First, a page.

Ankle flexibility is crucial to performance in most sports — particularly those that involve running, jumping, or turning. For many athletes and trainers, however, the importance of ankle flexibility is often overlooked in favor of other, larger muscle and joint groups. Ankle flexibility is important for the average gym-goer as well, and for rehabilitation patients recovering from an injury. Performing ankle rotations and stretching can be effective ways to increase ankle flexibility.
Exercises to improve ankle flexibility often involve strengthening the muscles and tendons around the ankle. Workouts also work to improve the ankle's range of motion and may also improve joint and muscular health. Flexibility training may also help prevent injury.
One popular stretch is the plantar flexion. To perform this stretch, sit with your knee straight and point your toes toward the floor, feeling the stretch in the top of the foot and ankle. Stretch until it starts to feel uncomfortable or you can't move your foot further. Hold for 15 seconds, then release. This stretch also can be performed while standing up, moving between having your feet flat on the ground and standing on tip toes. The reverse of this stretch, pulling your toes up toward your shin, can stretch the back side of your ankle.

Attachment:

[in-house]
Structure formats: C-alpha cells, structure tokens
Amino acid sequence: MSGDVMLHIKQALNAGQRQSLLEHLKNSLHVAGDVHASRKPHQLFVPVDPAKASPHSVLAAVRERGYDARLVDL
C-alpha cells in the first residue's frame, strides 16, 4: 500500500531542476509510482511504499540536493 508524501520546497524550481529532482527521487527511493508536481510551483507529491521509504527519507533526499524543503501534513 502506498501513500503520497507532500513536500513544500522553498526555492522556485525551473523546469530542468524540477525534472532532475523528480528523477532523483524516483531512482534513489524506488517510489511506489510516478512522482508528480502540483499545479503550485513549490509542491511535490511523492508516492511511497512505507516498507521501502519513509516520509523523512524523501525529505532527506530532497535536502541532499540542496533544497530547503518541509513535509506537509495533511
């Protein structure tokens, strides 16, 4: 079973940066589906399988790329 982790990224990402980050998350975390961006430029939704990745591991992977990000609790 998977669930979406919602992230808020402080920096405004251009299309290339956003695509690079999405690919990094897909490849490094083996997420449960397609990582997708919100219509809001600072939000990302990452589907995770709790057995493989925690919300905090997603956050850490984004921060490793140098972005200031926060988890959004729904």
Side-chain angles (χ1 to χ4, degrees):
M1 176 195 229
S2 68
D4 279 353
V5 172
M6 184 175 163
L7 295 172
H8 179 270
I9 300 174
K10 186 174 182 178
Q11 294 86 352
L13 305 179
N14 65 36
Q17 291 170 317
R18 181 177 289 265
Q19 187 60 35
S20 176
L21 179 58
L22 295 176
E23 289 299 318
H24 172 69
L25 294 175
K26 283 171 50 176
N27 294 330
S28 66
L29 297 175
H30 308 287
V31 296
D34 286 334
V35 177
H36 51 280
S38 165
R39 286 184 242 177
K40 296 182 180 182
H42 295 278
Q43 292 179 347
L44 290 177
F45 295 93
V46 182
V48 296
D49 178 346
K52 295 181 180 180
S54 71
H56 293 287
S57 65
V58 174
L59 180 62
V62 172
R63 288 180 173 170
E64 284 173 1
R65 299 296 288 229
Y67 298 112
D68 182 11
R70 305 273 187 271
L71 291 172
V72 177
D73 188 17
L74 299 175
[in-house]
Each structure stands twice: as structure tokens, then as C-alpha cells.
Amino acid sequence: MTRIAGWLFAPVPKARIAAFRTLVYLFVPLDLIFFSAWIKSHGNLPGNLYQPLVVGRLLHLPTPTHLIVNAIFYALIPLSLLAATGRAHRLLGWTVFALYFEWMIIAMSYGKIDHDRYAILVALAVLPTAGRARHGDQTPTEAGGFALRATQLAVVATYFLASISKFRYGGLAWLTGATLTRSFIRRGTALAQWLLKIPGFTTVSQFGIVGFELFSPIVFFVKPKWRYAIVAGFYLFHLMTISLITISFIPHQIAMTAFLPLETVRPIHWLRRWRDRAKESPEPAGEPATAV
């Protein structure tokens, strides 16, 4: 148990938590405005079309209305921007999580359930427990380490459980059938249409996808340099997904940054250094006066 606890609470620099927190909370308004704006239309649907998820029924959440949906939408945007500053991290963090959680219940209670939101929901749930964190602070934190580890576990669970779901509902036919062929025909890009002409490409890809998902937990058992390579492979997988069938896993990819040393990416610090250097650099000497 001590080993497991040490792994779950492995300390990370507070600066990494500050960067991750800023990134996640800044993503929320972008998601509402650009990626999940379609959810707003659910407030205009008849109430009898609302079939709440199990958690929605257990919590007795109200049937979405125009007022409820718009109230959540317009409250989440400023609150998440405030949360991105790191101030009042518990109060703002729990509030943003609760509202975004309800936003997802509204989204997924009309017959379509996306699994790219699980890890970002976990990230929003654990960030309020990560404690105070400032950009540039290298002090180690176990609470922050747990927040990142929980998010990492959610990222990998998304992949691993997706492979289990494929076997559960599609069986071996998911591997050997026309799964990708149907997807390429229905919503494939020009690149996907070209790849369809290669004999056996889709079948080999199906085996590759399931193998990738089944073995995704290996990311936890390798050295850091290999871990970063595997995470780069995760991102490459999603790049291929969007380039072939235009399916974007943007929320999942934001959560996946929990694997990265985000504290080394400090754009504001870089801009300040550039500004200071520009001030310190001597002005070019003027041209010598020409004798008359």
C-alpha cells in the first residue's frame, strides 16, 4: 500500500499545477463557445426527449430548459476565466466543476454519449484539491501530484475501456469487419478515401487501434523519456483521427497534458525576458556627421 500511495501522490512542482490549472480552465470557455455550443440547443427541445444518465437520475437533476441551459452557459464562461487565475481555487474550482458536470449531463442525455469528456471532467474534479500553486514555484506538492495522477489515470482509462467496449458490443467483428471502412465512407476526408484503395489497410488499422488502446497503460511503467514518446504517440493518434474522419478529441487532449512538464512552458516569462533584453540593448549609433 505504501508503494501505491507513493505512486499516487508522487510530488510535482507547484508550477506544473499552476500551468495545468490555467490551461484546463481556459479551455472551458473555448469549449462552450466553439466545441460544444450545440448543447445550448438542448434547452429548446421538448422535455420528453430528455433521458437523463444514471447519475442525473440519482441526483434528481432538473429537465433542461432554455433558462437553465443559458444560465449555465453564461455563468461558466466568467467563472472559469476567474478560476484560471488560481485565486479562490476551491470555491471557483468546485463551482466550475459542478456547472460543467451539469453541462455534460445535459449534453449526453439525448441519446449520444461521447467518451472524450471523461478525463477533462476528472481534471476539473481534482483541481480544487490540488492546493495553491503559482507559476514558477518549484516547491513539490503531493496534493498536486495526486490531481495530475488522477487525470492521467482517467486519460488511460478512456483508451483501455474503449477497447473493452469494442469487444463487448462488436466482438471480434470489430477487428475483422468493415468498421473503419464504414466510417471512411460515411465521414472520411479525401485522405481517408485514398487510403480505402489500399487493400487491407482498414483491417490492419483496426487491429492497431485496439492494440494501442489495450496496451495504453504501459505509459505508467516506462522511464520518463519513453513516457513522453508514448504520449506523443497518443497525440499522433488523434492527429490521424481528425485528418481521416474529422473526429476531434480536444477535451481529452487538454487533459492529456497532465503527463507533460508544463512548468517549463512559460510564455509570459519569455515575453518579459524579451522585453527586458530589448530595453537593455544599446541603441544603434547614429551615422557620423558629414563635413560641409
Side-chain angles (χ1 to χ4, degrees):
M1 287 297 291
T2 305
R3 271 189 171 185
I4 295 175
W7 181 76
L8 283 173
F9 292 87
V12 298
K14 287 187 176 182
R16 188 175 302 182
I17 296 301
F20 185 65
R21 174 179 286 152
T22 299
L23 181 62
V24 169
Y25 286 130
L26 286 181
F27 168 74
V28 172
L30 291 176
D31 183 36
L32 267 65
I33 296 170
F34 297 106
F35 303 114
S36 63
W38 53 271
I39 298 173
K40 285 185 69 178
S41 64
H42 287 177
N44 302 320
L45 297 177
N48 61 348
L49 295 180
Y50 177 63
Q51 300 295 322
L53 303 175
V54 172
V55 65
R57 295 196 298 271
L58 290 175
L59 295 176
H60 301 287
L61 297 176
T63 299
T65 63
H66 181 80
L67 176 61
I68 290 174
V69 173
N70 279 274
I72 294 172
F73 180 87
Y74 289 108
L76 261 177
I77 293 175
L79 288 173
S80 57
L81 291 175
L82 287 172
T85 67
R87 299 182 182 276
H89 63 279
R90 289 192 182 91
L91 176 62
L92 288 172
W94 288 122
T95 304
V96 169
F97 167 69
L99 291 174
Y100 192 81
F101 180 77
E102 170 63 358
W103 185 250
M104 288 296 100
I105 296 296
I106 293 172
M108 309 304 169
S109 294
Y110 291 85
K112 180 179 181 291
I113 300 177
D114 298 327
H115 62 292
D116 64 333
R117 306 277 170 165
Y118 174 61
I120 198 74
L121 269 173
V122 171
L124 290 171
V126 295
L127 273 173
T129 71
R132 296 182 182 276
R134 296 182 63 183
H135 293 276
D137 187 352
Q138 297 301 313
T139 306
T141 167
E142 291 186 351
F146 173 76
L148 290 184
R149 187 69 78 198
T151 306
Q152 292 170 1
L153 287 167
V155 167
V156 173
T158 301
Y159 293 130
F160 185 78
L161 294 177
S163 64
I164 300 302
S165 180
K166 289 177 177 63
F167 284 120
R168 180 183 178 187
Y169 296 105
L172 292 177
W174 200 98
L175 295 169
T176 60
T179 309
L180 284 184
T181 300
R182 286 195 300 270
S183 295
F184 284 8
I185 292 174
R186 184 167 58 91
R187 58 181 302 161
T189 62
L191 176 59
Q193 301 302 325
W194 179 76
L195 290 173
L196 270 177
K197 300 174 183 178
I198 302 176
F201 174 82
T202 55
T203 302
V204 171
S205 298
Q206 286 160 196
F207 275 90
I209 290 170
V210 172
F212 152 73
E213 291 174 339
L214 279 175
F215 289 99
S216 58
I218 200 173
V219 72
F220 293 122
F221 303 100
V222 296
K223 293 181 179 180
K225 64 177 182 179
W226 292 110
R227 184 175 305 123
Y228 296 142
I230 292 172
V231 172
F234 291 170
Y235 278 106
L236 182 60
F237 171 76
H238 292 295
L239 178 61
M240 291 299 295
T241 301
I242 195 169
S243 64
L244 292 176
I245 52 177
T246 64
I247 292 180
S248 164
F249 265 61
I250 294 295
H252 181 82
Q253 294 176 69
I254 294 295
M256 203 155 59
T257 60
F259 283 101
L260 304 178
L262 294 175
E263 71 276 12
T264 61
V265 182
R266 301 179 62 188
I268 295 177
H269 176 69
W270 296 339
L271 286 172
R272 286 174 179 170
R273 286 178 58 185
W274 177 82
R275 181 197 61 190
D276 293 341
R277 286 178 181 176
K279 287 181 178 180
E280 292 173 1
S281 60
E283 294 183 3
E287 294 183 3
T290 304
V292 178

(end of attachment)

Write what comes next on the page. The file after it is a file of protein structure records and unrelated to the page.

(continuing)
Simple ankle rotations can help with ankle flexibility as well. Sitting on a bench or chair, raise your foot off the floor and point your toe. Continue pointing your toes while you rotate your foot in a circle to the right. Repeat the rotation in the opposite direction as well. Make sure to point your toes and stretch as far as is comfortable for a maximum stretch. A fun variation on this exercise is to point your toes and trace each letter of the alphabet in the air.
Certain calf stretches also can help improve ankle flexibility. By improving the flexibility of the muscles around the ankle, the ankle can become stronger and gain a greater potential for range of motion. This added strength also may provide more support for the ankle. To stretch your Achilles tendon and your calf, stand with your hands pressing against a wall and extend one leg back. Press your heel into the floor; for a deeper stretch, extend your leg further back and lean in a bit. Hold for 15 seconds and repeat with the other leg.
For each of the above exercises, begin with one set of ten repetitions, unless you feel pain or a doctor has told you otherwise. Gradually build to three sets of ten reps. Stretching should not normally be painful. Many gyms have personal trainers to assist if you have questions, or you can consult your physician before beginning a new exercise routing.